Estate Planning Checklist

Everyone should have a great estate plan—no matter what your age or financial situation. This is the legal documentation that helps those around you know and understand your wishes for your ongoing health and financial care, and who should care for your minor children or dependents should you become mentally or physically incapacitated and unable to make decisions on your own or pass away.

With this estate planning checklist, you can begin to build a great estate plan in 3 simple steps.

Creating and filling out an estate planning checklist involves gathering information into a central location, designating those persons who will be responsible for carrying out your wishes, and establishing beneficiaries. It also involves putting into place the legal documentation that will uphold your decisions.

An estate plan differs from a will in several ways, and goes much further than a will. It protects your privacy (wills are public), can help you to reduce estate taxes, court costs and fees, and should minimize the probate process. If you own substantial assets, a trust or a business, it can help you establish a succession plan. In addition, it can help with complicated family or financial situations.

One of the most important reasons to build an estate plan is to protect your hard-earned assets, both during your lifetime and for your beneficiaries after your death. Without one, your beneficiaries could incur a long drawn-out process and costly expenses.

Working with your estate planning attorney will make the process easy. This estate planning checklist will help you on the road to building a great estate plan:

Step 1: Take an inventory of these items you might need for your estate plan.

Gathering and bringing the items on this checklist isn’t necessary for your first appointment, but they will make the meeting more productive and move things along:

  • existing wills, trusts, powers of attorney, living wills, healthcare powers of attorney, and medical directives;
  • retirement plan, group life insurance, IRA, and annuity documents;
  • individual life insurance policies;
  • lists/information on other liquid assets, including cash, checking, and savings accounts, securities, money market accounts, certificates of deposits, and other
  • personal property;
  • trusts of which you or a family member are a grantor, trustee, or beneficiary;
  • gift tax returns;
  • financial statements for businesses, farms, partnerships, etc.;
  • partnership agreements and buy-sell agreements;
  • pre-nuptial and post-nuptial agreements;
  • separation and/or property settlement agreements and divorce decrees;
  • life-insurance policies; and
  • designation of beneficiary forms for your life insurance policies, IRAs, and retirement plans.

Related: 6 Estate Planning Must-Haves

Step 2: Collect personal information you’ll need to create your estate plan.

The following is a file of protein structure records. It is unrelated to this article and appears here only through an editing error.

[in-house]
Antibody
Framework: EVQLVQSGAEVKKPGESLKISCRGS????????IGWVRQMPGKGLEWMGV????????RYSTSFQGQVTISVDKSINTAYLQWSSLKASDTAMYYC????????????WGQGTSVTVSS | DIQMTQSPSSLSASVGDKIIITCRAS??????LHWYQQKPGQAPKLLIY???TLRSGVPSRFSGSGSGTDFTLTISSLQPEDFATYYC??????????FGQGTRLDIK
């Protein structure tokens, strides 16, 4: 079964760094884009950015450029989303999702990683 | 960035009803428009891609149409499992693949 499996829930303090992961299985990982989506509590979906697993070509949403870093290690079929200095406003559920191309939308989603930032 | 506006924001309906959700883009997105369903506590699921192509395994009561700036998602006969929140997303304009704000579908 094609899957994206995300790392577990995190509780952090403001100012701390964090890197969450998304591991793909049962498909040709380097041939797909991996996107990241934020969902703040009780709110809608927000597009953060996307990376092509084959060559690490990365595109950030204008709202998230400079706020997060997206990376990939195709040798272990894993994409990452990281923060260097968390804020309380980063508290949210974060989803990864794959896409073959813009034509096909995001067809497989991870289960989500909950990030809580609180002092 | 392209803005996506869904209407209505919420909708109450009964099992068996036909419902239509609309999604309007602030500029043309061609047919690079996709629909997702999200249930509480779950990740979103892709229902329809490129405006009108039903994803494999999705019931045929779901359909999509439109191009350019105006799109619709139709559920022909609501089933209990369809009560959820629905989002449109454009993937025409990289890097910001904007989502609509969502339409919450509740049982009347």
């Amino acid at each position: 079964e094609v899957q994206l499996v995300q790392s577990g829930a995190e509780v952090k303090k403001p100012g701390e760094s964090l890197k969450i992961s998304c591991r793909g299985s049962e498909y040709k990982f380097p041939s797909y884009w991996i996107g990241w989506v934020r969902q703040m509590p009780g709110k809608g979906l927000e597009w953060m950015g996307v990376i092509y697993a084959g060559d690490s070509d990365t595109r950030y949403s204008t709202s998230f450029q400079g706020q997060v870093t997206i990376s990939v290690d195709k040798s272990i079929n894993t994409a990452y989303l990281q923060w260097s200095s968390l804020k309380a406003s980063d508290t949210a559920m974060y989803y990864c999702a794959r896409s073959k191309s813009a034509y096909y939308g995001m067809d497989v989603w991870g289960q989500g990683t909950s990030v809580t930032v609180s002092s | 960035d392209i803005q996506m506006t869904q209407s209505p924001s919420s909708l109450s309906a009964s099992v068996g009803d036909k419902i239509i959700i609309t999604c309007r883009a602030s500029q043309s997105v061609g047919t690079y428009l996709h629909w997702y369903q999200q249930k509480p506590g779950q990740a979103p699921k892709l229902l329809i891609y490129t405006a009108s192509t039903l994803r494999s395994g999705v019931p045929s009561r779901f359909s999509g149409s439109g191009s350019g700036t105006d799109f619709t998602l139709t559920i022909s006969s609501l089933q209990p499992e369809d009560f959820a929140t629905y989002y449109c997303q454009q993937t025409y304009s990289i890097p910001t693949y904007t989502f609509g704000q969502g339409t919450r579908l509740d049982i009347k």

Personal information will be needed for any spouse who will be included in your estate planning. Please be prepared to provide:

  • full names;
  • aliases;
  • social security numbers;
  • birth dates;
  • marital status;
  • citizenship status;
  • contact numbers (home, cell, work, fax);
  • contact addresses (email, home, work); and
  • employment information (job title, annual earnings).

Personal information will be needed for children—adult, minor, and/or adopted—who will be included in your estate planning. Please be prepared to provide:

  • full names and addresses;
  • birthdates;
  • telephone numbers;
  • marital status; and
  • numbers of children.

Step 3: Organize information related to your financial status or potential future inheritances.

Information related to your current financial status and potential future inheritances will be needed. Please be prepared to provide information regarding:

  • your estimated total net worth;
  • whether or not you have a child/beneficiary with special needs;
  • whether you expect to receive a gift or inheritance of $500,000 dollars or more;
  • whether you are the beneficiary of any trusts (if so, be prepared to provide trust documents and a list of assets in each trust);
  • whether you have any continuing financial responsibilities from a prior marriage (if so, be prepared to provide the property settlement or separation agreement);
  • whether you’ve lived in certain states during your current marriage; and
  • whether you own subchapter S stocks.

Related: 3 Most Common Threats To Your Estate Plan

Bonus Tip: Create a list of designees.

Please be prepared to list the person(s) and backup person(s) you may designate to handle the following in the event of your disability or death:

  1. For finances;
  2. For medical decisions;
  3. For raising your children, if any.

Please use full names, including middle initial (or middle name), and include any suffixes such as “Jr.,” “III,” etc. No nicknames, please.

Be assured that you do not need to understand all the legal aspects of these decisions. This list is for discussion purposes only. We will discuss these decisions when you are here for your conference. Please be prepared to provide this person(s)’:

  • name;
  • relationship to you;
  • possible role (finances, medical decisions, child-rearing);
  • address; and
  • telephone number.

Related: One Thing You Should NOT Do After Your Loved One Passes Away

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The information you obtain at this site is not, nor is it intended to be, legal advice. You should consult an attorney for advice regarding your individual situation. Contacting us does not create an attorney-client relationship.

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